Influenza (Flu) Vaccinations

Keep yourself and others well with your annual influenza vaccination.

Everyone should get an annual influenza vaccine any time from mid-April onwards to be protected during the peak flu season, which is generally June to September.

However, it’s never too late to be vaccinated as influenza can spread all year round.

The vaccine can be administered by your GP or local pharmacist. The vaccine is free for individuals who fall into any of the below groups:

  • People aged 65+
  • Pregnant women (during any stage of pregnancy)
  • Aboriginal and Torres Strait Islander people (aged 5+)
  • People with medical conditions putting them at increased risk of severe influenza (aged 5+), as outlined in the medical conditions table below. 
CategoryMedical Conditions
Cardiac diseaseCyanotic congenital heart disease, congestive heart failure, coronary artery disease
Chronic respiratory conditionsSevere asthma, cystic fibrosis, bronchiectasis, suppurative lung disease, chronic obstructive pulmonary disease, chronic emphysema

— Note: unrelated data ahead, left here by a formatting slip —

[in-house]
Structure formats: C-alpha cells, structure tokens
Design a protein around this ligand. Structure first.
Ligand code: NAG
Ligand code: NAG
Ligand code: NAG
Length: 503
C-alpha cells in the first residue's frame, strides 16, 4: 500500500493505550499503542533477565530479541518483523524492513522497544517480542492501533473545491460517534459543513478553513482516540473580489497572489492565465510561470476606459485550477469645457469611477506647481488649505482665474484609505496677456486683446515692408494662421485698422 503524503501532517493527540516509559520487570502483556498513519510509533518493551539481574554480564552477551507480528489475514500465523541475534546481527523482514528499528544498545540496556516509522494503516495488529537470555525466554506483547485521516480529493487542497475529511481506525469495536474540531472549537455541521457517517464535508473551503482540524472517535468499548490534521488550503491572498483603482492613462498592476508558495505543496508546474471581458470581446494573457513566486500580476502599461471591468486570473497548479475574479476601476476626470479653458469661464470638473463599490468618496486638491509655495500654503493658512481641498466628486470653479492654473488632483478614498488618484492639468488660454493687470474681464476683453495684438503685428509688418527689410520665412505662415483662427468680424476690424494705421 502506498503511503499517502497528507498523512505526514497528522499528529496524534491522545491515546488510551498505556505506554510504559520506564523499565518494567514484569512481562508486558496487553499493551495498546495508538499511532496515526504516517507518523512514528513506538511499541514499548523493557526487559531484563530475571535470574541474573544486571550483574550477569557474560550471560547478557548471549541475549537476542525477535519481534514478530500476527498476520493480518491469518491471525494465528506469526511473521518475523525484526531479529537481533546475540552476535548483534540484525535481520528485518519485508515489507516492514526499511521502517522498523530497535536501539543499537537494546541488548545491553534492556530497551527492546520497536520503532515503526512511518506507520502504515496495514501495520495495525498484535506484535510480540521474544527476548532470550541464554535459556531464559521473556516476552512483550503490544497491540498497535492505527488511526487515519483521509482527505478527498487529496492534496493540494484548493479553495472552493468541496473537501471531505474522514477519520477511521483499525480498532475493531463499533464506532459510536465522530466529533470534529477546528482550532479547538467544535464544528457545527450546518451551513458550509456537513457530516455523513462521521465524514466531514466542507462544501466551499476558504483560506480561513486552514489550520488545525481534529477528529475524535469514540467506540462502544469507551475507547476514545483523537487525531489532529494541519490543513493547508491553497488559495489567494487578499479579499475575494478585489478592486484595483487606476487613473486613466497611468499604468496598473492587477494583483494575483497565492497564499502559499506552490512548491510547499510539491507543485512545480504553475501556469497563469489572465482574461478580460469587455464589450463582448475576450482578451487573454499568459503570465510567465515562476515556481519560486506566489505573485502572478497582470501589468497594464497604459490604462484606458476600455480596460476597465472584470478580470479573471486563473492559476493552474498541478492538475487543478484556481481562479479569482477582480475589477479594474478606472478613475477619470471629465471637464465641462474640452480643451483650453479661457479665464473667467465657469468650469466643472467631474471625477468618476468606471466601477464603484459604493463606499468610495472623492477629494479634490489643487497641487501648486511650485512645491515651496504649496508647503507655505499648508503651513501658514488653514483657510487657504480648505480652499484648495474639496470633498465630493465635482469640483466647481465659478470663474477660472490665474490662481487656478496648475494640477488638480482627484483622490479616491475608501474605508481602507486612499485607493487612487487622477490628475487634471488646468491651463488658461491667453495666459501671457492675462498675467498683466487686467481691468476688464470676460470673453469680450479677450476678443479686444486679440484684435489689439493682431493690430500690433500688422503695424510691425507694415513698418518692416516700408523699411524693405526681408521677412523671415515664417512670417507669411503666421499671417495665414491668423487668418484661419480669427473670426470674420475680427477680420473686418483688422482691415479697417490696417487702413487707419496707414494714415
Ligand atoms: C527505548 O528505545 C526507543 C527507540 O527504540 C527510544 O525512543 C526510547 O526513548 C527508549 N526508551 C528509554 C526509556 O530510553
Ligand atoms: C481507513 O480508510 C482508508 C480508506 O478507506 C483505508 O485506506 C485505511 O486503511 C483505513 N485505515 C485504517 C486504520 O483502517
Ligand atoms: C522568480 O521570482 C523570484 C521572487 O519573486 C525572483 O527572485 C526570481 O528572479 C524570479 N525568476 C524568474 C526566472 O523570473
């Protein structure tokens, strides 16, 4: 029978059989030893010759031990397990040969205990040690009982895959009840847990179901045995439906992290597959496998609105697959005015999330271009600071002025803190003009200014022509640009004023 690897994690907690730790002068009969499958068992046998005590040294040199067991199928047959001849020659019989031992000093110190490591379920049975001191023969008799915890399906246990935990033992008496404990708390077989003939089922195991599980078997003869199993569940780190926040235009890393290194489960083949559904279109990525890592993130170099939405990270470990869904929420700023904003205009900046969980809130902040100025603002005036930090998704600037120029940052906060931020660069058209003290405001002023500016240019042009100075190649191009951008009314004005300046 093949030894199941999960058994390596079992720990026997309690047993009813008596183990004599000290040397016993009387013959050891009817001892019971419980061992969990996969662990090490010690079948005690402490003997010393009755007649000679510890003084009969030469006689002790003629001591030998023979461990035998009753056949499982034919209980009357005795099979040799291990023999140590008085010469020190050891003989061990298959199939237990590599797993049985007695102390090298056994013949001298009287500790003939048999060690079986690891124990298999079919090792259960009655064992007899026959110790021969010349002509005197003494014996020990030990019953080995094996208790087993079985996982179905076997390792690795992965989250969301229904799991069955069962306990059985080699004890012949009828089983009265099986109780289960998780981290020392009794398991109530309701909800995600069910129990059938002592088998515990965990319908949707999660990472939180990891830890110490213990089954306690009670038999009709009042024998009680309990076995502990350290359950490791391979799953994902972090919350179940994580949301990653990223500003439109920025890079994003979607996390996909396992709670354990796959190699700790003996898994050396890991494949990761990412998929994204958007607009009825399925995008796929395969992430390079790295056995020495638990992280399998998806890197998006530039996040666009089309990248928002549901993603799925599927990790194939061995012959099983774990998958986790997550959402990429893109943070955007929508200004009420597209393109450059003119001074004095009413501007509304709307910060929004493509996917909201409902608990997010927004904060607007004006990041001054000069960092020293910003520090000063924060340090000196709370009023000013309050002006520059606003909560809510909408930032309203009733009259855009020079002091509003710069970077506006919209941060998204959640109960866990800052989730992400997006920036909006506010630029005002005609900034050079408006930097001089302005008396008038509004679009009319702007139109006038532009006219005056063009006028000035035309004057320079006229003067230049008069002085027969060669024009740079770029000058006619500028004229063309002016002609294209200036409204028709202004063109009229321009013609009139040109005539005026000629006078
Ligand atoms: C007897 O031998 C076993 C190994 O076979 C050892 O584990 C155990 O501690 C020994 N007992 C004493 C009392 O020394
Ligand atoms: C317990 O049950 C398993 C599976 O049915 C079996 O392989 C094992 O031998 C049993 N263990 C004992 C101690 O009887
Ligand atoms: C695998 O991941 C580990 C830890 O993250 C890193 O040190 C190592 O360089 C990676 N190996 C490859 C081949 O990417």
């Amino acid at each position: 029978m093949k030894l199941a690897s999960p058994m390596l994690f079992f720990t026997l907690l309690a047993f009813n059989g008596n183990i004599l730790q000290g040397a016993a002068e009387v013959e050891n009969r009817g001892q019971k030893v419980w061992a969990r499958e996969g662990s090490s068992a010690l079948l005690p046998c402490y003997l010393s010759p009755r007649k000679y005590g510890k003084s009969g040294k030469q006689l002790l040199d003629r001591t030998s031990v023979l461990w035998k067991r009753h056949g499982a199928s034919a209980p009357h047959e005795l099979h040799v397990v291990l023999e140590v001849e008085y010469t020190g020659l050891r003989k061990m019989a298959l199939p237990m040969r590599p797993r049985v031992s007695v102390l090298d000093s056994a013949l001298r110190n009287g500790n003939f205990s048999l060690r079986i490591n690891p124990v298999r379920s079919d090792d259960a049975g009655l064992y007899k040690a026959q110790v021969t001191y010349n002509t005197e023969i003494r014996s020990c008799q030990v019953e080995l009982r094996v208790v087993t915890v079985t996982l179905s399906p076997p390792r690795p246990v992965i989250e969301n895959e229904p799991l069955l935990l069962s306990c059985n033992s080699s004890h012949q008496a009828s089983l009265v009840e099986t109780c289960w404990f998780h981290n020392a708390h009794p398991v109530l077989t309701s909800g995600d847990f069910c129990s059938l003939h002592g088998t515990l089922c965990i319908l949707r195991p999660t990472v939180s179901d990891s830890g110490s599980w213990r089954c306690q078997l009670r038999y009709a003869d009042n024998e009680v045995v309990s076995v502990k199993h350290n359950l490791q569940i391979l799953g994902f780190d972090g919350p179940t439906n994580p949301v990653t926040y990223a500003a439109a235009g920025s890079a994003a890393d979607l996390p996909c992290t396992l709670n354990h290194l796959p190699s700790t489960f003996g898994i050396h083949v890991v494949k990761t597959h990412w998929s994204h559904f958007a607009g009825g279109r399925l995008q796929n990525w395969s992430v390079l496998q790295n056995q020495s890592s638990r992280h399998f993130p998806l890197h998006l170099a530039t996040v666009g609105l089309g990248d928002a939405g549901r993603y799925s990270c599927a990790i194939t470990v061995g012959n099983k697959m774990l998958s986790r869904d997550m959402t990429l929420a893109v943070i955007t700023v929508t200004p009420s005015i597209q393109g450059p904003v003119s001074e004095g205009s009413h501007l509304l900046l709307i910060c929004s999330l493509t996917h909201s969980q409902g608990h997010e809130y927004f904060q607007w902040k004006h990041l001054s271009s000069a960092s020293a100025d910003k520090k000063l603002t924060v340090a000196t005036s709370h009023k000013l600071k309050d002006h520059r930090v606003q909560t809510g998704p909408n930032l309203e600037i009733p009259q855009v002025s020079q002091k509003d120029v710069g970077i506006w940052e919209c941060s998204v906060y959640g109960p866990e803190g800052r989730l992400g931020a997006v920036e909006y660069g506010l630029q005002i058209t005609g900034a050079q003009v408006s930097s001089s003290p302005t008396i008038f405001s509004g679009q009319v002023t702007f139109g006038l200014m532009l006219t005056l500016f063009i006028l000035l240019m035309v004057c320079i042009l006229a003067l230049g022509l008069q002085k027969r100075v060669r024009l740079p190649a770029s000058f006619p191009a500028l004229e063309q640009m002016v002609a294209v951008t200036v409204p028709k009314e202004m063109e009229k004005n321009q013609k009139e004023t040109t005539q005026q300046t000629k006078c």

Chronic neurological conditionsHereditary and degenerative CNS diseases, seizure disorders, spinal cord injuries, neuromuscular disorders
Immunocompromising conditionsImmunocompromised due to disease or treatment, asplenia or splenic dysfunction, HIV infection
Diabetes and other metabolic disordersType 1 or 2 diabetes, chronic metabolic disorders
Renal diseaseChronic renal failure
Haematological disordersHaemoglobinopathies
Long-term aspirin therapy in children aged 5 to 10 yearsThese children are at increased risk of Reye syndrome following influenza infection

Note: See the Australian Immunisation Handbook for advice on people who are strongly recommended to receive annual influenza vaccination but not eligible for NIP‑funded influenza vaccines.